The focus on biography has become a theoretical or imaginary prison, and the celebration of heroes has at times restricted our idea of what black history might be. There is no doubt that Black History as celebrated during Black History Month has helped many Guyanese children understand their place within the Guyanese story. Every February it provides reporters, broadcaster, teachers, government officials etc. with a topical hook on which to hang stories about Black people that might otherwise go untold. Undoubtedly, in Guyana there will be displays and lectures amidst a plethora of Black inventions and Black firsts, some or most of them being mere regurgitated facts . The contributions of well=known Blacks like Martin Luther king, Nelson Mandela and Rosa Parks etc. will be rehashed ad infinitum.  What about other Black, West Indian and Guyanese figures? Black Guyanese history is our joint history and it should be much more than the search for and the defense of black heroes.

Black History 2019 should go down in history as the final call for a clear headed and controlled reflection on the state of the community. A legitimate discourse on, and recognition of, our ethnic diversity yet calls, for as a nation we would only be able to with due respect observe the significance of Black history within the context of an acceptance. As African Guyanese lead the way in becoming submerged in Black History, all Guyanese should learn Black History, which by now should have found its way into school curricula. As a nation we should have an education about the culture and successes of people of African origin wherever they have made an impact across the globe.  We now dwell in a truly global community and thanks to modern technology are kept abreast of world development, therefore our views are no longer skewered. Beyond national observances, every member of the populace needs to be looking toward their common future—It is time to begin the conversation about the future of Guyana. What will it look like in 2030 or 2100?”.

How will we gauge success?—Black History Month is successful only when it is repetitious – when our history is understood by us all, and young people gain the pride and self-assurance that a genuine account of it would afford.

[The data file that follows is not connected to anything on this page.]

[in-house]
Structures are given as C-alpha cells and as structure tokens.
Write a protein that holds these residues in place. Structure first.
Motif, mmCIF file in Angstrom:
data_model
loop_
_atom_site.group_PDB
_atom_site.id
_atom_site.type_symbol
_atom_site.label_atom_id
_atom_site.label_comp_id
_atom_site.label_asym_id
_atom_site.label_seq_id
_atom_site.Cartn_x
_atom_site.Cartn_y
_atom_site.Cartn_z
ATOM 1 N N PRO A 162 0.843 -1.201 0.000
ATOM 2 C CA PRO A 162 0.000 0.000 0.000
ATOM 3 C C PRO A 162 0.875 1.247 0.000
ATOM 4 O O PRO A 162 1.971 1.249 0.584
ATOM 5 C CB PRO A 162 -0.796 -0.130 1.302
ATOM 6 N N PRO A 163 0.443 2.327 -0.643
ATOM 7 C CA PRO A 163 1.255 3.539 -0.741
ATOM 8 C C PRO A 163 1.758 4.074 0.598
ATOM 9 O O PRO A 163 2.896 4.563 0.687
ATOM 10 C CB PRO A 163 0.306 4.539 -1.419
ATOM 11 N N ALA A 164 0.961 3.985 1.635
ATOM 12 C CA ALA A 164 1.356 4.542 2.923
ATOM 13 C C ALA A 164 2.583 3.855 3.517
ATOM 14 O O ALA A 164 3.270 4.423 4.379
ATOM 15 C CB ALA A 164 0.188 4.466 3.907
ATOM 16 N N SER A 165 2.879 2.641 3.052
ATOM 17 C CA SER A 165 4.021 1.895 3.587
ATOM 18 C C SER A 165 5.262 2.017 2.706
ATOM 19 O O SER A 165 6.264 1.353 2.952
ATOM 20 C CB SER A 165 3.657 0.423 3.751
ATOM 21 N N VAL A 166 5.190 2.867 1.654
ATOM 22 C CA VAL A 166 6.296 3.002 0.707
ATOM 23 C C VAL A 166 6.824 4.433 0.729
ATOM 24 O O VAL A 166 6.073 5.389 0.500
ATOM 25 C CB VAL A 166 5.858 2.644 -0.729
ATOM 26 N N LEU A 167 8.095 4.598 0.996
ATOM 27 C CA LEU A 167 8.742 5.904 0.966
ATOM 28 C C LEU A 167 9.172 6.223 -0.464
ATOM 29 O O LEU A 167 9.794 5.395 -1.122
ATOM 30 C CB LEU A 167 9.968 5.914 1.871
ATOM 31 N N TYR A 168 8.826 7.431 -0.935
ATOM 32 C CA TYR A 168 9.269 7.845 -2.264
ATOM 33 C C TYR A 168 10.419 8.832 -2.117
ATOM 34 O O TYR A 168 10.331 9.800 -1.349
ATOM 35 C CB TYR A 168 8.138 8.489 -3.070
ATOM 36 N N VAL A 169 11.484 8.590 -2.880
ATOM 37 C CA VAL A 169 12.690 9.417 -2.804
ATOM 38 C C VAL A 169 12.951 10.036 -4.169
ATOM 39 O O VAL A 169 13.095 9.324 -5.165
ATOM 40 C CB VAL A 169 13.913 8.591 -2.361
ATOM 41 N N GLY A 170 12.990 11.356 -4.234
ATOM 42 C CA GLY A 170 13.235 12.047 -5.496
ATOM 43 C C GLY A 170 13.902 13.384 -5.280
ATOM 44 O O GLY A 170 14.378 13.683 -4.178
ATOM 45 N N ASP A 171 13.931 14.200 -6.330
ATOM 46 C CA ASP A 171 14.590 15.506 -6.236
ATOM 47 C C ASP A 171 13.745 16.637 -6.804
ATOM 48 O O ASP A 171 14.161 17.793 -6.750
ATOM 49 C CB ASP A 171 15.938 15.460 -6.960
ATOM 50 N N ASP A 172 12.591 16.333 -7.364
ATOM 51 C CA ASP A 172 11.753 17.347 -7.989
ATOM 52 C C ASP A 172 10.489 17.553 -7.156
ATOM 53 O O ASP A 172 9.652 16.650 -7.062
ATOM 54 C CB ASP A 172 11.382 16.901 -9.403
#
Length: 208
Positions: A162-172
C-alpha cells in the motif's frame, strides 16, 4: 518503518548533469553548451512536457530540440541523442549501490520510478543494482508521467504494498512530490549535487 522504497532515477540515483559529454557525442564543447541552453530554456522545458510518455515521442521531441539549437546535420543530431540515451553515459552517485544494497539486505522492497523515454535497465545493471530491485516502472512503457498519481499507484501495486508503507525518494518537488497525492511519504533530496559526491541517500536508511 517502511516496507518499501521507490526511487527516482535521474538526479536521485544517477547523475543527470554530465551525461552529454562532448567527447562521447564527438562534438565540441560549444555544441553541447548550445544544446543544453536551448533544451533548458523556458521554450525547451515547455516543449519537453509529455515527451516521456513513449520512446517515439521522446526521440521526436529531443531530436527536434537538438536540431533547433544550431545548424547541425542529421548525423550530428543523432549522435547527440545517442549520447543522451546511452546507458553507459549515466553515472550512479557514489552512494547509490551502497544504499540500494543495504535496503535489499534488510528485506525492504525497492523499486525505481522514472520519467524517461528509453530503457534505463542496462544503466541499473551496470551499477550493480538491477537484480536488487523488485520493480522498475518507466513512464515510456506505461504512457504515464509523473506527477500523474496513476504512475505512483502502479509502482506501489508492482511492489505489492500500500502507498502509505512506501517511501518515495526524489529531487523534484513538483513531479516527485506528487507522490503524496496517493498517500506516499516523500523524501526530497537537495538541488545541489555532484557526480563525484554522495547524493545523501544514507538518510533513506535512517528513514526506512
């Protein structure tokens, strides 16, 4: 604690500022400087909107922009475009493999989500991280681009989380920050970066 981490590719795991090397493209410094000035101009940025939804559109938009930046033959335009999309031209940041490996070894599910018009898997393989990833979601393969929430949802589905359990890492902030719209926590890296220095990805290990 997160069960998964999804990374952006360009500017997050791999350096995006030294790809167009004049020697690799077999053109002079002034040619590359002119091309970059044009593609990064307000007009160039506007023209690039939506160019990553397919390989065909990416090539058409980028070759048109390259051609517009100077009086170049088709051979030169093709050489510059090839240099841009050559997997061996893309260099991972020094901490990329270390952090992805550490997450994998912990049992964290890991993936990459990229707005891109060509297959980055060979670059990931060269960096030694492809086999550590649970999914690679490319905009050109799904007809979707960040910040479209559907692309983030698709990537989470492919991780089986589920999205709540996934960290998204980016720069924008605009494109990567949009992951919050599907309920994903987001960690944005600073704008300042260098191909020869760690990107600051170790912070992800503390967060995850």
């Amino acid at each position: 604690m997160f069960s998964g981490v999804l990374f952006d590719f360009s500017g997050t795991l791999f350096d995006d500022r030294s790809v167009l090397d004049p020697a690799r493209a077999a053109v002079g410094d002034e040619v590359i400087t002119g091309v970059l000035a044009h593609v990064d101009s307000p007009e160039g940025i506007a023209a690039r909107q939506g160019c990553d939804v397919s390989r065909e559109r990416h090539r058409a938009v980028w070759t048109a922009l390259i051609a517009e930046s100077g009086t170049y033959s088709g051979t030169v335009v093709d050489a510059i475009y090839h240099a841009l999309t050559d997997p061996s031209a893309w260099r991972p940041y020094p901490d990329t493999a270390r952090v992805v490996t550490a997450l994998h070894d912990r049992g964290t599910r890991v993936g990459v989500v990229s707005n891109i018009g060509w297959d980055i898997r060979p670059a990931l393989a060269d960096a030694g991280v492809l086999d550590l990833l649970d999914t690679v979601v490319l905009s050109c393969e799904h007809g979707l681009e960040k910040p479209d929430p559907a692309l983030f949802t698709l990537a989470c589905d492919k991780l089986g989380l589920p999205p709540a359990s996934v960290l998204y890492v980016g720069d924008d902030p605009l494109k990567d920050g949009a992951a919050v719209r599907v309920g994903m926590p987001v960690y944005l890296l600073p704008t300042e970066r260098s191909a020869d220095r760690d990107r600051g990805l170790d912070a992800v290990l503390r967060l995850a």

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  • Kman  On 02/07/2019 at 5:26 pm

    By having a ‘Black History Month’ in Guyana, would only mean that we are caving in to the USA.

  • Ecowerrie  On 04/19/2019 at 1:49 am

    Guyanese people are the most racist people on this planet. They still use doogla & buck because they are primitive.

  • Gussy  On 02/27/2021 at 10:30 am

    The politicians are the one’s responsible for using the racism tool to keep them in power. Don’t be fooled.

  • wally n  On 02/27/2021 at 3:12 pm

    my daughter sent me this…never heard of….
    Who Was Euphemia Lofton Haynes?
    Born and raised in Washington, D.C., Euphemia Lofton Haynes made her name in D.C.’s academic realm over the course of her career. After earning degrees in both mathematics and education, in 1943, Haynes became the first African American woman to receive a Ph.D. in mathematics. She then took the educational system by storm, teaching in a wide variety of settings and pushing continually to change the face of education, which, at the time, often found black students falling into a system of de facto segregation. Haynes was equally passionate about the Catholic Church, which she served until her death in 1980.
    Early Years

    Euphemia Lofton Haynes was born Martha Euphemia Lofton on September 11, 1890, in Washington, D.C. Her father was a prominent Black dentist known for backing African American businesses in the D.C. area, and her mother was active in the Catholic Church — a trait that would carry on to Euphemia.

    After graduating from M St. High School in 1907 and Miner Normal School in 1909, Haynes went on to earn a Bachelor of Arts degree in mathematics from Smith College. She soon married childhood friend Harold Appo Haynes, who, like Haynes, would later became an influential leader ……